“Do you feast on nostalgia?” asks Sleater-Kinney vocalist Corin Tucker on “RUINS,” perhaps the most experimental track on the legendary feminist punk group’s ninth LP, “The Center Won’t Hold.” The track is emblematic of all the reasons longtime SK fans are weary to embrace the band’s new sound: Producer and indie icon Annie Clark a.k.a St. Vincent’s art rock influence is palpable, from its eerie electronic aura and apocalyptic lyrics to Tucker’s macabre screeches. Also notably absent are Tucker and guitarist Carrie Brownstein’s signature back-and-forth vocals, urgently battling each other against drummer Janet Weiss’ unbridled ferocity.
The lyric indicates that perhaps Sleater-Kinney anticipated the mixed reception that “The Center Won’t Hold” has received from fans and critics alike since its Aug. 16 release. The album was, in a way, doomed from the start—Weiss announced her departure from the band just weeks before the record’s release, citing Sleater-Kinney’s “new direction” as her impetus. Many have blamed Clark for Weiss’ decision, labeling her as the Yoko Ono of Sleater-Kinney—a ridiculous and sexist statement, especially considering the group’s progressive fanbase. But although Brownstein stated on Instagram that Weiss “raved about this album to [the band] and Annie,” it’s nearly impossible to listen to “The Center Won’t Hold” and not try to put the pieces together.
It’s not difficult to find justifications for Weiss’ exit in “The Center Won’t Hold.” It is noticeably less drum-heavy than any other record in their discography, and does have some tracks that don’t quite work: “RUINS” and “Bad Dance,” most notably. But considering it’s their first attempt at an entirely new aesthetic—one that was inspired by Rihanna’s “Stay”—it’s to be expected that the record would be a bit uneven. Whether Weiss really left due to dissatisfaction in the record or for personal reasons is impossible to know. But I’m disappointed that fans are labeling her departure as the end of Sleater-Kinney altogether; after all, the band’s first two albums—1995’s “Sleater-Kinney” and 1996’s incredible “Call the Doctor”—succeeded without her. I think that many are reluctant to accept that Brownstein and Tucker, who are now 43 and 46 years old, respectively, can continue to redefine Sleater-Kinney decades after its formation.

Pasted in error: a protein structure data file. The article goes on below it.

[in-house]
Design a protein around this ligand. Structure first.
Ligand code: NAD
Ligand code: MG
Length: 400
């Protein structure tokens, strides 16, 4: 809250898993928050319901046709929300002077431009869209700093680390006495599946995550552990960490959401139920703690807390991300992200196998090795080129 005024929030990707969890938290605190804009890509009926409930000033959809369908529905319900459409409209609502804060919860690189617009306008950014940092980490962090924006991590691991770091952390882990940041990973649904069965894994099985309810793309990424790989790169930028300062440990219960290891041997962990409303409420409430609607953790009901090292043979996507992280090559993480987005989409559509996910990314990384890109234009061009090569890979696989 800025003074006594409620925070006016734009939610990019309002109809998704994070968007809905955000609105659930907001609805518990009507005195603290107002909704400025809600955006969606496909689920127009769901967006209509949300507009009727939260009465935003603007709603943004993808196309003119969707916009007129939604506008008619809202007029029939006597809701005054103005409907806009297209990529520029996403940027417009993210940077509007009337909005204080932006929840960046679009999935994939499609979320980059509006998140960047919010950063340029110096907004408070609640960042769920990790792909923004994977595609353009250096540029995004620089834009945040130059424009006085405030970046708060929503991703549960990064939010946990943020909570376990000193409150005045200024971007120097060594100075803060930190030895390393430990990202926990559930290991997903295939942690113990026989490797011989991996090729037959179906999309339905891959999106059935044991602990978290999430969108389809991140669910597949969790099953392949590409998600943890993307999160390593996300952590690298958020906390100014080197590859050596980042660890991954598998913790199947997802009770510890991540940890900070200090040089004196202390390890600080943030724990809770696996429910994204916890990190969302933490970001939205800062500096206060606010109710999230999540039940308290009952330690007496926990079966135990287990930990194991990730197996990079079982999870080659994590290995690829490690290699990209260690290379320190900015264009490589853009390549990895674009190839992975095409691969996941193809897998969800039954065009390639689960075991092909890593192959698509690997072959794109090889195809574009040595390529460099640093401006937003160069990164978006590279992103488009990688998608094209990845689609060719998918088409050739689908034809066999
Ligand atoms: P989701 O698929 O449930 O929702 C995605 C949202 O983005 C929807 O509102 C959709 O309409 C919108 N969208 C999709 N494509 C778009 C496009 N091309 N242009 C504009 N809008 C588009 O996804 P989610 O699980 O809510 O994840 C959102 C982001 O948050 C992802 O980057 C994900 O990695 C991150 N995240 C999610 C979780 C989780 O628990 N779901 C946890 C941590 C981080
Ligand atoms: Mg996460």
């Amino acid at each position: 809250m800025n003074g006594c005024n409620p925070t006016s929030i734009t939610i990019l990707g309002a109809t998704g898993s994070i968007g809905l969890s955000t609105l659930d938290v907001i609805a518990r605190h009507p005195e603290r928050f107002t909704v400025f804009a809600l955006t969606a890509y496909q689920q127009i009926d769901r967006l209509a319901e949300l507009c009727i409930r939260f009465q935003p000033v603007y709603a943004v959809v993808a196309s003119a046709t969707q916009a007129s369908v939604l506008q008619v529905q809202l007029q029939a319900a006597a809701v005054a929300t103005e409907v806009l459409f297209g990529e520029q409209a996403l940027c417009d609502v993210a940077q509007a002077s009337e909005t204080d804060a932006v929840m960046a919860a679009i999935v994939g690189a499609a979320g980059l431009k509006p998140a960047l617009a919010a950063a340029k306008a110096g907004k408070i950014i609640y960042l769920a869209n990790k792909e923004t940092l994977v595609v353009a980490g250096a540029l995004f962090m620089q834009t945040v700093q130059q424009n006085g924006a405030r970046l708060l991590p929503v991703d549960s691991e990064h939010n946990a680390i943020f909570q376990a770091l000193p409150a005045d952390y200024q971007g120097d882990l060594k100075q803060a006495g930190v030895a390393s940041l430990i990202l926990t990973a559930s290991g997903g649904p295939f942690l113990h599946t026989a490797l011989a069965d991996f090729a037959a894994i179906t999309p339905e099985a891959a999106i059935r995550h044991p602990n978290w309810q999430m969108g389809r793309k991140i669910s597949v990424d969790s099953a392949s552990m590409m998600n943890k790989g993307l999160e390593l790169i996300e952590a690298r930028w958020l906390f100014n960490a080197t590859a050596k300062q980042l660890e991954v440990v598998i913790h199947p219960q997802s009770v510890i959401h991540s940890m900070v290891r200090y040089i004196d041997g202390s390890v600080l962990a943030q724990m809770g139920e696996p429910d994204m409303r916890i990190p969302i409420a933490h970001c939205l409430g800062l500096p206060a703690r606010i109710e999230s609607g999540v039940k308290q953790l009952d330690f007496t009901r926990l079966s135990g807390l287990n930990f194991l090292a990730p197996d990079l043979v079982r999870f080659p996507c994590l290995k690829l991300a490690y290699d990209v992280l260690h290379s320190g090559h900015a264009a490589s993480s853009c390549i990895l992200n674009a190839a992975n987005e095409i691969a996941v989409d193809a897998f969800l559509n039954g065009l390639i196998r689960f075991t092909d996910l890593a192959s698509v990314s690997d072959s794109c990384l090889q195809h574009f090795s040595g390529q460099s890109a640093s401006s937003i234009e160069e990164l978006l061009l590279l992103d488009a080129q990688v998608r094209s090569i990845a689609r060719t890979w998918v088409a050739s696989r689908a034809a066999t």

Sleater-Kinney are self-aware of the public’s reluctance to let a band of women in their 40s and 50s evolve as musicians. On “LOVE,” Brownstein laments, “Tired of bein’ told that this should be the end…There’s nothing more frightening and more obscene/Than a wellworn body demanding to be seen.” Fans likely keep suspecting that each Sleater-Kinney album is the last due to the rarity of women their age in rock music. They are virtually peerless; no all-female rock band of their influence and longevity exists. But it’s quite obvious that Brownstein and Tucker are not past their prime as musicians, which makes fans’ disbelief in their ability to innovate and continue sans Weiss frustrating.
Some also point to the record’s title as an indication that “The Center Won’t Hold” is their last album—i.e. Weiss is the center of the group, and the band won’t stay together without her. Certain song titles, such as “Broken” and “Can I Go On,” also hint at this. Yet this interpretation ignores how fundamentally political the record is. These songs are not myopic, self-indulgent reflections by the band about themselves, but rather snapshots of the apocalyptic, surreal nature of living through the Trump era.
Take the song “Broken” for example; Tucker sings, “She, she, she stood up for us/When she testified/Me, me too/My body cried out when she spoke those lines.” It’s a clear reference to the testimony of Christine Blasey Ford against Brett Kavanaugh. While not all of the record’s lyrics are as explicitly defiant, Sleater-Kinney’s anxious musings about aging, desire, technology and loneliness are far-from-subtle criticisms of our terrifying cultural moment. After all, the personal is always political.
On “The Center Won’t Hold,” Sleater-Kinney at once tackle ageism, sexism and the impending end of the world. Such bold aspirations require a bold record, and the result is understandably weird, unsettling and messy. Yet while Sleater-Kinney are pioneering sonic encapsulations of the tumultuous moment in which we live, music critics seem reluctant to embrace an imperfect result—especially from an aging, all-female band.
But of course, defiance and controversy are nothing new for Sleater-Kinney. They wrote groundbreaking critiques of the War on Terror on “One Beat,” and continued their history of rebellion yet again on “The Center Won’t Hold.” As long as Sleater-Kinney’s space in our culture is unfilled—there are no other provocative, all-female bands of their talent and status—they’re bound to continue their decades-long tradition of being the feminist, articulate and incendiary voice that is sorely needed.